Inspirational Woman: Jo Little | Head of Digital and Operations, Ingenuity

Jo LittleJo Little, Head of Digital and Operations at Ingenuity, has a passion for creative problem solving, alongside a love for people and getting the best out of her team.

Her expertise includes creating new propositions, while helping to drive growth at a fun, energetic and thoroughly thriving new business consultancy. Ingenuity partners with over 50 of the top digital, creative and advertising agencies, helping to grow their pipelines, increase exposure to generate new clients and in turn also match top brands with the ‘right’ agency based on very unique needs.

After a wide and varied start in fashion, media, graphics and furniture design, 13 years ago Little switched from advertising to digital just as people began to see past dial up and make digital a key part of their marketing strategy. Digital is now at the forefront of any evolving brands’ business strategy. Prior to Ingenuity, Jo was part of a creative digital culture at Orange Bus for 10 years. Alongside her team, Little helped the small consultancy grow to an award winning agency that now serves clients across the world.

Jo’s specialties include relationship building, negotiation, people development as well as creative and digital strategy for business growth.

Little is also a qualified NLP and leadership coach, where she specifically mentors young women on a one-to-one basis to help grow their self-development and confidence, whilst also improving their communication skills. Jo’s latest project found her setting up a fashion and t-shirt brand aimed at raising awareness around social, political and mental health issues.

Tell us a bit about yourself, background and your current role

I’m a colour obsessed, all or nothing kind of person. I love people, laughter and human connection. It’s contagious, even if things are tough.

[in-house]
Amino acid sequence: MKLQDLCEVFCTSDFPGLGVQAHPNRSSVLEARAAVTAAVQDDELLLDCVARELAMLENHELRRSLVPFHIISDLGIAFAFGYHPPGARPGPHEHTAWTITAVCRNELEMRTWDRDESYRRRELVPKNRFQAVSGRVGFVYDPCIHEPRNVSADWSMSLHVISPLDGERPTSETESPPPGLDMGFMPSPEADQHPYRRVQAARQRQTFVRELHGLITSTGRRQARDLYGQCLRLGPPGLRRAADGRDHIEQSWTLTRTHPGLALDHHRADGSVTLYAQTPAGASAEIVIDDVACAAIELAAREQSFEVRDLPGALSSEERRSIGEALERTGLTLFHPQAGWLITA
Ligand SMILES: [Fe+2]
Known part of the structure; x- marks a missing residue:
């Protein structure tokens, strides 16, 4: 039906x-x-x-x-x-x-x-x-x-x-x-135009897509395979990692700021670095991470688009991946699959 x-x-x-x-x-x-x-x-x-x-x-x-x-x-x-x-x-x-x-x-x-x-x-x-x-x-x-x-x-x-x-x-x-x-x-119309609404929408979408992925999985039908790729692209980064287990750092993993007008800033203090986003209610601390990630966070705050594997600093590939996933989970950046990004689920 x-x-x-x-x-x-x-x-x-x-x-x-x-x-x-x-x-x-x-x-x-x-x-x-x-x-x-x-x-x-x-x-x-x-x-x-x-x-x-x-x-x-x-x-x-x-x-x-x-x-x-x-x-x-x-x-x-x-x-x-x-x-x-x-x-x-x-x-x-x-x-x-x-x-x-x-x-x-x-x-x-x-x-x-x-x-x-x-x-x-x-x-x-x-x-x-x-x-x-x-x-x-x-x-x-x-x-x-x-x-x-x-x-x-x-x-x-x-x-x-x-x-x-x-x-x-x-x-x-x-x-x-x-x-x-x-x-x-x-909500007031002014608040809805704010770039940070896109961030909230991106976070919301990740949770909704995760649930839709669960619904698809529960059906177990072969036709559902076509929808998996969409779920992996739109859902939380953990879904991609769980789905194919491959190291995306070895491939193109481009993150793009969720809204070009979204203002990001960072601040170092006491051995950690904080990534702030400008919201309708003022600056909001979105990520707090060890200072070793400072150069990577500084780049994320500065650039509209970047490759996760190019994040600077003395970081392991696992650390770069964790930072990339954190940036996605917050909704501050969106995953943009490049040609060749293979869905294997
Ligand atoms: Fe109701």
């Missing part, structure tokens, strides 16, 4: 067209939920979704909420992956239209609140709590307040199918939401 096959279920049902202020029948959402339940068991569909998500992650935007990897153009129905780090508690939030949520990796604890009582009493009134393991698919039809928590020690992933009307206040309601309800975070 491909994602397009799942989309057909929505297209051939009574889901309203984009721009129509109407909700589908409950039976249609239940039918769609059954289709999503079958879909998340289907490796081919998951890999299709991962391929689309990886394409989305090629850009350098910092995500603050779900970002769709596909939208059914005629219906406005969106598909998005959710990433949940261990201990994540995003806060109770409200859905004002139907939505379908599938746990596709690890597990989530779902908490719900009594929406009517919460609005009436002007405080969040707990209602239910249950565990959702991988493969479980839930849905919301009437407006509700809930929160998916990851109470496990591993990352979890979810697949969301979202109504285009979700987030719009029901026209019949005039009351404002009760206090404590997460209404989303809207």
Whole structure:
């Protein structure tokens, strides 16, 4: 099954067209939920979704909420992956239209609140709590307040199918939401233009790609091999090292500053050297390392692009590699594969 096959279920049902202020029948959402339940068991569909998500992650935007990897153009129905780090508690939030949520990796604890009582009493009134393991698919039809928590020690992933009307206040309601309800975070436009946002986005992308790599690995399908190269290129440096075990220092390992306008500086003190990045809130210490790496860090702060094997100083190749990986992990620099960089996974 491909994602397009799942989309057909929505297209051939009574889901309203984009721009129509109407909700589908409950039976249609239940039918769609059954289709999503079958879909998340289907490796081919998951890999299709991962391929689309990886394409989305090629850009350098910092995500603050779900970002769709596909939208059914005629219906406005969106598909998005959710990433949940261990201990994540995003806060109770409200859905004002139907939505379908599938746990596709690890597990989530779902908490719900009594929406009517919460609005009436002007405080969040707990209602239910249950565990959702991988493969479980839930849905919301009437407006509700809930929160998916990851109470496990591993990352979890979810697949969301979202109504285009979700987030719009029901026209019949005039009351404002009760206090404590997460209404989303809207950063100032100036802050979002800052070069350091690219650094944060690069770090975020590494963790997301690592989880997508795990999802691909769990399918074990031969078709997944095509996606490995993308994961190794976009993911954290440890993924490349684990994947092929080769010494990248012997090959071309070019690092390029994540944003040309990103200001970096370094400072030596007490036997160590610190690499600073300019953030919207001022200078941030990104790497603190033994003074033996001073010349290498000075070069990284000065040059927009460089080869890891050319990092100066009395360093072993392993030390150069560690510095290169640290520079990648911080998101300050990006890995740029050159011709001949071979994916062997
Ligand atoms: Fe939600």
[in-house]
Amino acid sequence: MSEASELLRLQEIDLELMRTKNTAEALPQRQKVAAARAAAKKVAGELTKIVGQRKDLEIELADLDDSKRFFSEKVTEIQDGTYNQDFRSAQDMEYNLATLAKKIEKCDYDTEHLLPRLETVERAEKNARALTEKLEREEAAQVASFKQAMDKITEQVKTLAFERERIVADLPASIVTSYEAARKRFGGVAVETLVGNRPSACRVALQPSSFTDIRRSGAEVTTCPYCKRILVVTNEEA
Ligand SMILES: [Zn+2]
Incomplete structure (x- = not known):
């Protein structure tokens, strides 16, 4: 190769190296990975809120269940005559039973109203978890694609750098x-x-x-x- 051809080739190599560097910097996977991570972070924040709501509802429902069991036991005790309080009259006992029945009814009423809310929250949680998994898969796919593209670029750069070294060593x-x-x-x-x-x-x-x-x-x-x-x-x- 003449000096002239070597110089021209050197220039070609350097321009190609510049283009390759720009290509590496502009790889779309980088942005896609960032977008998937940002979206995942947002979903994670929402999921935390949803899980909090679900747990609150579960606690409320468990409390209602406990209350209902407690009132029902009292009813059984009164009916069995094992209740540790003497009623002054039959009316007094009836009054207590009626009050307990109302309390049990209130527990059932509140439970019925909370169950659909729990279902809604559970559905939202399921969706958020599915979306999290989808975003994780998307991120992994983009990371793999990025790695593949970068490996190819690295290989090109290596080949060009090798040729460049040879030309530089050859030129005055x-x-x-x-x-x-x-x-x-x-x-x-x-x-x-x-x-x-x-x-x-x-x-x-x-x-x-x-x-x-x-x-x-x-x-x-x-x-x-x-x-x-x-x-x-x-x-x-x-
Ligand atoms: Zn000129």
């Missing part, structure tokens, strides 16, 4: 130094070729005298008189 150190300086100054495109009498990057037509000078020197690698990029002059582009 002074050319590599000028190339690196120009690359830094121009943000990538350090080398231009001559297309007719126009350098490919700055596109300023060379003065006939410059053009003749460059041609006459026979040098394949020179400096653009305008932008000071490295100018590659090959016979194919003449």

I’m also a Geordie.

My role at Ingenuity is a mix of all my favourite things. People, ideas, driving change, agency growth and importantly, evolution not revolution. We’re a growing business full of bright and ambitious people, grounded by a great set of principles and values. Plus, we have a CEO who genuinely cares about his team and is always aiming to improve our offering.

Did you ever sit down and plan your career?

No. Quite the opposite in fact! I wasn’t a huge fan of school (other than Art, which was a true passion and the social aspect, which was probably an even greater passion!)

I left school at 15 to work on a Youth Training Scheme (YTS) at a travel agency.  Boy did I learn the hard way. I went back to school shortly after, determined to prove people wrong and get a place in the most prestigious art college in the UK. With only one A level, I got offered one of the four places available per year. I quickly felt restricted by academia again, so I quit.

Once more, I had to overcome what felt like judgement from others and an inner sense of failure. I went on to dabble a bit in fashion, advertising and personal styling before discovering creative agency life – blending creative and technology with commercial pressures. I was sold, and I then became the one selling – for 15 years – selling a creative vision or idea. I was hooked, and I still am really. However, I’m now more motivated by people and giving back.

In my current role, I am focussed on the operations and inward facing view. I help to drive change, set the vision and develop people. I love helping and supporting the team to be awesome and the best that they can be. It’s no secret that a happier workforce delivers better results.

Have you faced any challenges along the way?

Many. Too many to mention. Some personal, lots work related. It all makes you who you are and you learn, sometimes have a rant, shed a few tears or even laugh about it. But it’s important you overcome the hurdles, put them to bed and move on with life.